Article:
Operators Can Apply Now For South Dakota Sports Betting License
Operators looking to enter the South Dakota sports betting market can apply for the license effective Friday following the regulatory clearance. South Dakota sports betting will be limited to Deadwood when it launches later this year.
Gaming Commission Attorney Douglas Abraham announced earlier that applications will be available on the commission’s site, but added the applications will not be approved until July 1.
Earlier on Tuesday, the South Dakota Commission on Gaming, the five-member body appointed by Gov. Kristi Noem to regulate limited betting in the state, approved a new set of regulations. The new amendments, which also include a $5000 application fee for the operators, will set rules for casinos to operate sports betting in the northern Black Hills towns.
It comes nearly two months after Noem signed the sports betting bill into law in March, making South Dakota the first of 2021 to conclude the legislative process. Last November, the state voters approved sports betting through a referendum, which did not specify the structure, leaving much for the lawmakers to interpret during the legislative process. The law goes into effect on July 1. Earlier, Sep. 1 was said to be the target launch date.
What New Rules Were Added Tuesday?
The Commission on Gaming added multiple amendments ahead of the aggressive timeline for the South Dakota sports betting launch.
In addition to the application fee ($5000), other changes included language to predefined rules for probing records of sports betting equipment, banning suppliers of the equipment from betting on the sports betting equipment or on manufacturing slot machines.
The new rules also included sports betting into the list of gaming permitted in Deadwood, the only South Dakota city where sports betting would be legalized when the rules take place on July 1.
Another rule was added to deduct promotional spending and federal excise tax from reported revenue numbers.
The other changes were aimed at modernizing surveillance infrastructure, directing casinos to move to digital surveillance to monitor sports betting areas.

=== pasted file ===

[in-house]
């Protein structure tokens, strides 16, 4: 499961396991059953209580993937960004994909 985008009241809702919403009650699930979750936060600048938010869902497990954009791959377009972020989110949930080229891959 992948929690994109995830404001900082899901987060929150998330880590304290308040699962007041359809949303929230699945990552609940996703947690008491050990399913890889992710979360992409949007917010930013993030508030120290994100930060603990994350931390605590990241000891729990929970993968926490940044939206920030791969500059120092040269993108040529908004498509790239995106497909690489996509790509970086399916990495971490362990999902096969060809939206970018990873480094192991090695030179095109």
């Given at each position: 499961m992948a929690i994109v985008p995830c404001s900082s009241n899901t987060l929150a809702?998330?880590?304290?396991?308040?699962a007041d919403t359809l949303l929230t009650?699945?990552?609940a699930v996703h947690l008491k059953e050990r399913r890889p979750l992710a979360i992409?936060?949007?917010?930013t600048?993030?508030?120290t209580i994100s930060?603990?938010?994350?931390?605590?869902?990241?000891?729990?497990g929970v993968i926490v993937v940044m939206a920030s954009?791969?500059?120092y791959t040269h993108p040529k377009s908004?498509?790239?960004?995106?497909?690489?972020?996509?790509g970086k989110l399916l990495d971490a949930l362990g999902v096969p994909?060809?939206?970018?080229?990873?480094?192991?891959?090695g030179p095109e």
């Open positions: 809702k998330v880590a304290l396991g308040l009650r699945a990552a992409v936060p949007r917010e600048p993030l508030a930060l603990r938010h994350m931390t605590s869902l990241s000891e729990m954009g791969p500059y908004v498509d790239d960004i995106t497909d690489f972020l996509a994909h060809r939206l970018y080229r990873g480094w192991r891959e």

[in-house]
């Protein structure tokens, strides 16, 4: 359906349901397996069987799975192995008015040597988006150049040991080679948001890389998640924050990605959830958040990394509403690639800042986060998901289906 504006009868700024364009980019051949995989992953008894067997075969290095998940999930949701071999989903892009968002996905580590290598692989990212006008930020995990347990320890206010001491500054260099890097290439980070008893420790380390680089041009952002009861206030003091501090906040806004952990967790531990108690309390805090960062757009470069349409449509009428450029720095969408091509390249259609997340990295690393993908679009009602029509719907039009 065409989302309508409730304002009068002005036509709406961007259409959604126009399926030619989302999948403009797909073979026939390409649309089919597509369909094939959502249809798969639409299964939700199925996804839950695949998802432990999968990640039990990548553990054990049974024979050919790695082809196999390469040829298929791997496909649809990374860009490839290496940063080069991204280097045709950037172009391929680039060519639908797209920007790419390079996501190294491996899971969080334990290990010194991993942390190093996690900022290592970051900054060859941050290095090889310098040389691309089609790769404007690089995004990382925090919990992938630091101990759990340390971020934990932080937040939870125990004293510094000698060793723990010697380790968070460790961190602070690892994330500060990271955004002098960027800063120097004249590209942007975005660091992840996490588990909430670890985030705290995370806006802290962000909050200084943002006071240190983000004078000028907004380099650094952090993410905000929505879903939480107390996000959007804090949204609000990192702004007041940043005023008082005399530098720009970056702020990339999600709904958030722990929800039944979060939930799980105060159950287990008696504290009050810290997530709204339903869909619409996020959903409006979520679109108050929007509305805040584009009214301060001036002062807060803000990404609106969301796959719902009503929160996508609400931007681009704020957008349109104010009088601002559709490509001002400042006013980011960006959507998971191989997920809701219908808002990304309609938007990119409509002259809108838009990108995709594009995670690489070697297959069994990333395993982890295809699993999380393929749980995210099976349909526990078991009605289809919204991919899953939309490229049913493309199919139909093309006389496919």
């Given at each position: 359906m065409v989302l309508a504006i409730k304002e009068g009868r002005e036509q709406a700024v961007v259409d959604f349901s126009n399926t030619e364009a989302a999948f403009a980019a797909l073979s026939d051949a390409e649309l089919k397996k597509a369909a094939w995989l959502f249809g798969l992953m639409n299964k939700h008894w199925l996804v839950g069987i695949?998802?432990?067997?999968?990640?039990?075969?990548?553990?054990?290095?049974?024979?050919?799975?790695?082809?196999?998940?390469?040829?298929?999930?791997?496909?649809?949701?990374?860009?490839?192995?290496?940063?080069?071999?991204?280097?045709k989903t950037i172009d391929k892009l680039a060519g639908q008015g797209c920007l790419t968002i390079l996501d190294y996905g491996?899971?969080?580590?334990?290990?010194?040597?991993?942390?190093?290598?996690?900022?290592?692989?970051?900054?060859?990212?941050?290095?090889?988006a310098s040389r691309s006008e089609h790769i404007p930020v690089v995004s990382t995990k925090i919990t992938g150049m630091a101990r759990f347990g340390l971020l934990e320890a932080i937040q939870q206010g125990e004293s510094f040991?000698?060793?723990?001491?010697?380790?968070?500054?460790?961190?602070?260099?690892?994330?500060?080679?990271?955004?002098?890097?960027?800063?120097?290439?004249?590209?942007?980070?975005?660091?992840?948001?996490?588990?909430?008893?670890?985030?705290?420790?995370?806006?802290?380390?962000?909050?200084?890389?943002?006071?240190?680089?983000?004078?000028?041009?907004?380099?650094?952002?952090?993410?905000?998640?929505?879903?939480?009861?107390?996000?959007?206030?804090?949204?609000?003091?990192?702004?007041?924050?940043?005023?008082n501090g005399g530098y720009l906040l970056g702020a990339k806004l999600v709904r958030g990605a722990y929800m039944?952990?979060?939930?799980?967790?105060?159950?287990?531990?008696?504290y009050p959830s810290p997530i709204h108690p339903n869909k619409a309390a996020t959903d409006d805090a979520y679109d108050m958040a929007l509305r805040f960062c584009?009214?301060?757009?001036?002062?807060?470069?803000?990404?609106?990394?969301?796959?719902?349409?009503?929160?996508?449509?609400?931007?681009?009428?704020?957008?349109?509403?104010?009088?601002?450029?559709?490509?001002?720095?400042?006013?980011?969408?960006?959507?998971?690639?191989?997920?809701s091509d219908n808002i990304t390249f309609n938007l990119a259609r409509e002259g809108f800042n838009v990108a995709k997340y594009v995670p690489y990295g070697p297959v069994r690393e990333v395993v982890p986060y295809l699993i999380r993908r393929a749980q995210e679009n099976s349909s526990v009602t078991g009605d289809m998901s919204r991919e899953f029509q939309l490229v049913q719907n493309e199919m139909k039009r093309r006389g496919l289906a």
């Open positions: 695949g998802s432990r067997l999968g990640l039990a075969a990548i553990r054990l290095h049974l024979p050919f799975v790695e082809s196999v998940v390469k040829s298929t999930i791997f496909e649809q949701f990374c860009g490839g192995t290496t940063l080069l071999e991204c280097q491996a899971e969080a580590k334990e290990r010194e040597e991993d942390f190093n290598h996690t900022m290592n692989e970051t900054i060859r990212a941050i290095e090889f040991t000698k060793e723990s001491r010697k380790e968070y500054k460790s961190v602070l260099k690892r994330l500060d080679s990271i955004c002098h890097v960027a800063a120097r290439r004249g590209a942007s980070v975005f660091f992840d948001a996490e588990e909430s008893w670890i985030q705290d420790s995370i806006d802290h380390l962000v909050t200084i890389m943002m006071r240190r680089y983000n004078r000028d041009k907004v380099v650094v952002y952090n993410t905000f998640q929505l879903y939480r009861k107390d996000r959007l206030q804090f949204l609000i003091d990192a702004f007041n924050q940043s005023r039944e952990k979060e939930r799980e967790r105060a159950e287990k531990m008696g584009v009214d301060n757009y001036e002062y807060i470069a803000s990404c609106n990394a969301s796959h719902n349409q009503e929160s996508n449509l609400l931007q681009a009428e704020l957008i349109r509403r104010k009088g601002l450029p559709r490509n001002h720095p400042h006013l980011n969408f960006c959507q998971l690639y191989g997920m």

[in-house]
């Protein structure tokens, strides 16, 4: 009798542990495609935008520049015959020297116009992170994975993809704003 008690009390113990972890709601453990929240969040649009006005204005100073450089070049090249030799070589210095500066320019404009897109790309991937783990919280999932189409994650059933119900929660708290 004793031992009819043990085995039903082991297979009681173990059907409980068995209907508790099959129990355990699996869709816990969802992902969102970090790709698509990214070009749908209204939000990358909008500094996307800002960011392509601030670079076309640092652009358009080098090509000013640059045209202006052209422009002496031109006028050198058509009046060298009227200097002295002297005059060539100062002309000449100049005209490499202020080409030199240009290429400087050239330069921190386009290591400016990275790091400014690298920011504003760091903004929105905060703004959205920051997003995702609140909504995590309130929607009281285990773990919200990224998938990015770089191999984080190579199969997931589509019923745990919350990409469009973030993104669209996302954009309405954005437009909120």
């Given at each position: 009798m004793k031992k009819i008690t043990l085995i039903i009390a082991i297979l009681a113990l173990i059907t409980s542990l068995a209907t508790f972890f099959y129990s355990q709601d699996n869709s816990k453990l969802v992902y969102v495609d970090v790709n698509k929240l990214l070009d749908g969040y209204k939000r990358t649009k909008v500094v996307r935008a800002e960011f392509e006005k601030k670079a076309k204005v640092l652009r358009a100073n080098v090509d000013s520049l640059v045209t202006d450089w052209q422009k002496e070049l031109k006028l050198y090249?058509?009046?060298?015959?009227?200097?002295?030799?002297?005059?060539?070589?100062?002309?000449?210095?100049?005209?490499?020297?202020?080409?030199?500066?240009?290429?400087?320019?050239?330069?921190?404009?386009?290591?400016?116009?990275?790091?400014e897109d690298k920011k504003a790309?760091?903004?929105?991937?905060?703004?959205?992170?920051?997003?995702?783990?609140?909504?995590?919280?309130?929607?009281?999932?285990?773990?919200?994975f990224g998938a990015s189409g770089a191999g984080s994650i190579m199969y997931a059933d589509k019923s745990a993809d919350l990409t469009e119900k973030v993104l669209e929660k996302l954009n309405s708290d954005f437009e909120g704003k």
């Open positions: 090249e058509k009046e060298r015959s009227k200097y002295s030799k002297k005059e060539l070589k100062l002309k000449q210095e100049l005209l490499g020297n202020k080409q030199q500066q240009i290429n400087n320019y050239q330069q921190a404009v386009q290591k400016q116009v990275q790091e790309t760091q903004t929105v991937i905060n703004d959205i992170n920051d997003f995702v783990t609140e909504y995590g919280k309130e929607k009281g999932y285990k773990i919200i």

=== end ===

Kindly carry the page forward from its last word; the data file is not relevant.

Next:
Tuesday was the first of two meetings for the regulators to set sports betting rules in South Dakota. There is still more left to do for the commission before Mount Rushmore State launches its sports betting industry.
Now the Legislative Interim Rules Review Committee will hear (on June 7) the rules laid out Tuesday by the commission, which will discuss more technical rules in the next meeting to be held on July 1.
During the meeting, commission attorney Mike Shaw said, “We’re on track to get sports betting rolling as quickly as we can.”
How Have We Reached Here?
In Nov. 2020, 58% of the South Dakotan voters approved the addition of sports betting among gambling options already available for play and taxation in Deadwood.
The legislature however prevented attempts to expand sports betting statewide, including a proposal that would legalize betting at kiosks at bars or restaurants anywhere in the state.
South Dakota lawmakers worked tirelessly to realize state voters’ wishes to bring sports betting within the city limits of Deadwood. The state Senate approved the bill, 32-2, and House passed it soon after, 58-8.
Though South Dakota sports betting is restricted to casinos in Deadwood, the legislative ambiguity (in the bill’s language) could pave the way for statewide mobile betting, Deadwood Gaming Association Executive Director Mike Rodman said.
By law, tribal casinos can also extend the same gaming offerings as commercial properties, meaning South Dakota sports betting can also take place at Mount Rushmore State’s 11 tribal casinos.